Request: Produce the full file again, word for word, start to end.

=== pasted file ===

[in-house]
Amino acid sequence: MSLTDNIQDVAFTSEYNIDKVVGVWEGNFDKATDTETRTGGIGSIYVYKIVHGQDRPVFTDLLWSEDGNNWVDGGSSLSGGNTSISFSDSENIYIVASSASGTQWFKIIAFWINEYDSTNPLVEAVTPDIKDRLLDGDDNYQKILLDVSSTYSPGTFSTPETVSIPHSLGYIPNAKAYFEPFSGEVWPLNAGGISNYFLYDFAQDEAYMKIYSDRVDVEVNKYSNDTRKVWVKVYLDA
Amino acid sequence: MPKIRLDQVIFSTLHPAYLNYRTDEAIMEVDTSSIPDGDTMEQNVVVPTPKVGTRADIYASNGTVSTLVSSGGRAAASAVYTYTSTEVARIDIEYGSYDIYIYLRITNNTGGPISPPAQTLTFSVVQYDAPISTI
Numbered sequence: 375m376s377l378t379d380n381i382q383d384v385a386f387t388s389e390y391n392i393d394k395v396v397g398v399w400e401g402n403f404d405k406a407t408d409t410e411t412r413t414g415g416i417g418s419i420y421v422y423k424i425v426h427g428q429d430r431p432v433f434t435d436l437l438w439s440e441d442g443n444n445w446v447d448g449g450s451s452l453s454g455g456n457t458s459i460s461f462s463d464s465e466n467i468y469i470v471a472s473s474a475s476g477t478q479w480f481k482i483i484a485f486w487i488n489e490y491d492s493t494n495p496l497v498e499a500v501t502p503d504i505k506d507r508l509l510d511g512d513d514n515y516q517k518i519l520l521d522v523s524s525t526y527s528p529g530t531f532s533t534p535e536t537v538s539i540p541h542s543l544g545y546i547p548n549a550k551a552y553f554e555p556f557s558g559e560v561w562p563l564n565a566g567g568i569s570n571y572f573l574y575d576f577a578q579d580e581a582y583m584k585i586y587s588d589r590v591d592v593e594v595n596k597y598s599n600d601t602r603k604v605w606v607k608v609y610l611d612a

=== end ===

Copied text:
[in-house]
Amino acid sequence: MSLTDNIQDVAFTSEYNIDKVVGVWEGNFDKATDTETRTGGIGSIYVYKIVHGQDRPVFTDLLWSEDGNNWVDGGSSLSGGNTSISFSDSENIYIVASSASGTQWFKIIAFWINEYDSTNPLVEAVTPDIKDRLLDGDDNYQKILLDVSSTYSPGTFSTPETVSIPHSLGYIPNAKAYFEPFSGEVWPLNAGGISNYFLYDFAQDEAYMKIYSDRVDVEVNKYSNDTRKVWVKVYLDA
Amino acid sequence: MPKIRLDQVIFSTLHPAYLNYRTDEAIMEVDTSSIPDGDTMEQNVVVPTPKVGTRADIYASNGTVSTLVSSGGRAAASAVYTYTSTEVARIDIEYGSYDIYIYLRITNNTGGPISPPAQTLTFSVVQYDAPISTI
Numbered sequence: 375m376s377l378t379d380n381i382q383d384v385a386f387t388s389e390y391n392i393d394k395v396v397g398v399w400e401g402n403f404d405k406a407t408d409t410e411t412r413t414g415g416i417g418s419i420y421v422y423k424i425v426h427g428q429d430r431p432v433f434t435d436l437l438w439s440e441d442g443n444n445w446v447d448g449g450s451s452l453s454g455g456n457t458s459i460s461f462s463d464s465e466n467i468y469i470v471a472s473s474a475s476g477t478q479w480f481k482i483i484a485f486w487i488n489e490y491d492s493t494n495p496l497v498e499a500v501t502p503d504i505k506d507r508l509l510d511g512d513d514n515y516q517k518i519l520l521d522v523s524s525t526y527s528p529g530t531f532s533t534p535e536t537v538s539i540p541h542s543l544g545y546i547p548n549a550k551a552y553f554e555p556f557s558g559e560v561w562p563l564n565a566g567g568i569s570n571y572f573l574y575d576f577a578q579d580e581a582y583m584k585i586y587s588d589r590v591d592v593e594v595n596k597y598s599n600d601t602r603k604v605w606v607k608v609y610l611d612a